You are welcome.  If you are in the NOVA suburbs of DC, I think there is a Pediatric Cardiac facility in DC. One of the on-air people on Fox News (Bret Baier), his younger son was born with heart problems and has had Several (?) surgeries there and is doing very well. Bret Baier and his wife help raise money for that hospital.  The most important thing at this time, IMO, is that you obtain the correct diagnosis, ASAP.  And then, find out what treatment, if any is necessary. And, what restrictions, if any, are necessary.  

 

With regard to the well known Cardiologist in Naples. Yes, there may well be one "in your backyard".  Years ago, I was planning to move to Mexico. A man I knew in Puerto Vallarta told me about an American there, who had a medical issue. I forget if it was Cardiac related, as I write this. Quite possibly it was. Like many other dumb people, he did not want to go to Guadalajara, Mexico, which is about a 30 minute flight from Puerto Vallarata.  He had himself taken to Houston in an air-ambulance.  After he was in the hospital in Houston, and they had him properly diagnosed, they brought in the specialist for that condition. From where? From Guadalajara, Mexico, in a Charter Jet...

 

My belief is that your DS is old enough and big enough to be seen by any Cardiologist, not just Pediatric Cardiologists.

 

I have begun including all of you in my prayers.

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That's so hard! We are in a very similar situation that came up this week. We were told 2 days ago that dd8, who has Turners Syndrome, will need open heart surgery fairly urgently. This wasn't on our radar at all. Her cards appt was just supposed to be a check-up scan. Now they're scheduling her for a sedated cardiac mri and lining up some specialized surgeons for us. Given that we were planning on moving a thousand miles away in 4 weeks, this definitely throws things out of whack. And I've never dealt with this kind of thing before and am finding myself to be very emotional about the possibility that she might not be ok. I'm sorry that anyone else is going through something similar and hope your son is ok.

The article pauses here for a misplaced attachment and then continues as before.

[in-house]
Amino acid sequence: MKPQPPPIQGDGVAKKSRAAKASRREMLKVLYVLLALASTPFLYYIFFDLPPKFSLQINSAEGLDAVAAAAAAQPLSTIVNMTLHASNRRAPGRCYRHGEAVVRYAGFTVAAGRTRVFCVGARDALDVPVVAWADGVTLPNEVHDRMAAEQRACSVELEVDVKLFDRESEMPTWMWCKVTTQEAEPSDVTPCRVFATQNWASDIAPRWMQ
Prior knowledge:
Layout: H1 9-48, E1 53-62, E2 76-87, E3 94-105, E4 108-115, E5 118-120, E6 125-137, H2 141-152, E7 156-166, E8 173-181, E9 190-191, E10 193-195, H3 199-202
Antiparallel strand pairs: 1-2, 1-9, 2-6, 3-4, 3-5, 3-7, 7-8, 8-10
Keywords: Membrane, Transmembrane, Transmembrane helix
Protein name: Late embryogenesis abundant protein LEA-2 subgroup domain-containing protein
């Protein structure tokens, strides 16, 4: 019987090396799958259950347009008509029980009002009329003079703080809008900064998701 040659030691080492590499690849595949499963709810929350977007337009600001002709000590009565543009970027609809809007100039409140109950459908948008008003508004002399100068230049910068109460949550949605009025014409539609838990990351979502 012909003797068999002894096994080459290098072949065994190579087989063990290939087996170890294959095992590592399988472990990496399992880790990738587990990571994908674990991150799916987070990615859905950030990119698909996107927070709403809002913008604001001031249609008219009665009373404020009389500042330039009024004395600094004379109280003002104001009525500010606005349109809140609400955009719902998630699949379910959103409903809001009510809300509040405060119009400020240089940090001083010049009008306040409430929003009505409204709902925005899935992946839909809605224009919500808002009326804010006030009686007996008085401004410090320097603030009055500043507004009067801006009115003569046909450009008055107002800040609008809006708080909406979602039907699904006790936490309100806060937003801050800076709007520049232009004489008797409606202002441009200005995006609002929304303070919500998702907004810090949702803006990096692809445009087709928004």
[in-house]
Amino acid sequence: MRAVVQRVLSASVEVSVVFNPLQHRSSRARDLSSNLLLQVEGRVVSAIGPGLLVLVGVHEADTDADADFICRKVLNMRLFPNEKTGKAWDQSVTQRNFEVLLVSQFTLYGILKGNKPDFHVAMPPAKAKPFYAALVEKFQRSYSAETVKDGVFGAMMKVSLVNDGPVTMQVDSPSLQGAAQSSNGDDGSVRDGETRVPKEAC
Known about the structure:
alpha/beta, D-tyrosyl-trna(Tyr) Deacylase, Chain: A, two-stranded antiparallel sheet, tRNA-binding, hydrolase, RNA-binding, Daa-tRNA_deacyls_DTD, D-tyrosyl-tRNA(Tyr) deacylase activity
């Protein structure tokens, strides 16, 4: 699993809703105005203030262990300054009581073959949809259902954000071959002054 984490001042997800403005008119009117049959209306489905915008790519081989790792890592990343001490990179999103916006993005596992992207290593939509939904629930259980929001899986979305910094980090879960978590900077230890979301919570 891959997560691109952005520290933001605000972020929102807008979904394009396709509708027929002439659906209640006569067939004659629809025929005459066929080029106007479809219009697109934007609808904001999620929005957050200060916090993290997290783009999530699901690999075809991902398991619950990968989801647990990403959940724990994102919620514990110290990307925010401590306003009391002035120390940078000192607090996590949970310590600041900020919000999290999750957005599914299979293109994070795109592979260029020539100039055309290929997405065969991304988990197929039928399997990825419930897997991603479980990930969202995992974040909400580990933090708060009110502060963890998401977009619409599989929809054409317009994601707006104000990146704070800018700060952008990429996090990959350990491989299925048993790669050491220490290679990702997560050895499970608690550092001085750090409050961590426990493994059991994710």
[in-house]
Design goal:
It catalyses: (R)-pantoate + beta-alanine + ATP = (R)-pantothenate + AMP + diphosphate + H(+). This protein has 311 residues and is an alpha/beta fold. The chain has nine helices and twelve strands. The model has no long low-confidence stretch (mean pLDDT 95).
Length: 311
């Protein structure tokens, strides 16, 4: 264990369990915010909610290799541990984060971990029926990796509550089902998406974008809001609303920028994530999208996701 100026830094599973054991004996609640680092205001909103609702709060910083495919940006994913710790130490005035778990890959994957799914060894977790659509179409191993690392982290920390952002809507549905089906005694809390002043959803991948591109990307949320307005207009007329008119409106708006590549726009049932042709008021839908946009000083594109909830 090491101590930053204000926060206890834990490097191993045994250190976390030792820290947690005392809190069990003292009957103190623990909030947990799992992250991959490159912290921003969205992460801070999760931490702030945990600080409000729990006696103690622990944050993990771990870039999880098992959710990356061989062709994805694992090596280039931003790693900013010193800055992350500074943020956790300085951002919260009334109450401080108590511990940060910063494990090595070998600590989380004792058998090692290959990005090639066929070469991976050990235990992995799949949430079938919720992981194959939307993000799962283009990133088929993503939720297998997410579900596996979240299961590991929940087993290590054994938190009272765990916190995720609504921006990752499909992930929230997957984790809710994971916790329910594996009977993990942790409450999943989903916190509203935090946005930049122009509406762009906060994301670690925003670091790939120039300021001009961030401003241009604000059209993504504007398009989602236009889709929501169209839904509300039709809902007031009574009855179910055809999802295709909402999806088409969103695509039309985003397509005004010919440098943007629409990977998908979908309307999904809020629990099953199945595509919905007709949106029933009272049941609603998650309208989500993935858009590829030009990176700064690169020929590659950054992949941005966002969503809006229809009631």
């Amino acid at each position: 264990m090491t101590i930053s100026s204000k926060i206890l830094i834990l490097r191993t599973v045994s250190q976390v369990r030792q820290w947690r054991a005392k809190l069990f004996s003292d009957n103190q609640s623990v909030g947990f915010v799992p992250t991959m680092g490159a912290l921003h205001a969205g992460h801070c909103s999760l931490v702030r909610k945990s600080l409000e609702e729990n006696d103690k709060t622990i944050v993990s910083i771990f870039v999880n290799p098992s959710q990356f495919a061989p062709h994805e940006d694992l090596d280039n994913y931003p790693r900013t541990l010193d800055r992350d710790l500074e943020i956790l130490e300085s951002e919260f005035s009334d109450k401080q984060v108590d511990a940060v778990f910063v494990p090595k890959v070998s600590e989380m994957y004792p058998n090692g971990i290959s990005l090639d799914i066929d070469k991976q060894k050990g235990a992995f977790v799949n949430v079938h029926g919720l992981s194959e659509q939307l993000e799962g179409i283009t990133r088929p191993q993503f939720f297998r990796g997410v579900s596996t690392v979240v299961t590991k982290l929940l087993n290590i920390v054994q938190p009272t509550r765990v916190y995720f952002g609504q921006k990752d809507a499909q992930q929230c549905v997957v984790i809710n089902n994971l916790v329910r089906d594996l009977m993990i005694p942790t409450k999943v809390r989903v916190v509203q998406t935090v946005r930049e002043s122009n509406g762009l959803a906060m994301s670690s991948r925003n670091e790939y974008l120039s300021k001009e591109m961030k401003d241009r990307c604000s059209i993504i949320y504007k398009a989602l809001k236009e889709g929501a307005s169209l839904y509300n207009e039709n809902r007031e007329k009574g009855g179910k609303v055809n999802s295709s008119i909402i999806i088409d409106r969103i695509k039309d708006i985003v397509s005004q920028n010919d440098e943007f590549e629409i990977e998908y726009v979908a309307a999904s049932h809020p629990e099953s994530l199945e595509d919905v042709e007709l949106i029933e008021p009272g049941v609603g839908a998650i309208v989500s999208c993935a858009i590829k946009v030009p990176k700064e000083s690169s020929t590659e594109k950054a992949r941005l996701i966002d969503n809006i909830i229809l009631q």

Edited by Meagan S
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LEGOManiac has been diagnosed with Wolff-Parkinson-White Syndrome, a congenital heart condition.  I don't know much beyond what the internet tells me.  What threw me is that the Navy doctor treated it like less of a big deal than the asthma he's never had symptoms of (looking through his records, the peds doctor thought he had vocal cord dysfunction, which actually matches his symptoms -- whereas asthma never did.   I'm not saying he didn't have asthma, just saying that's not what was causing his symptoms).

 

So, we were supposed to be in one place, touring a college, getting acquainted with the swim coach, making plans, having fun -- and now, I'll be at the pediatric cardiologist praying we get some treatment that will at least allow him to continue swimming, even if all his other plans may be shot.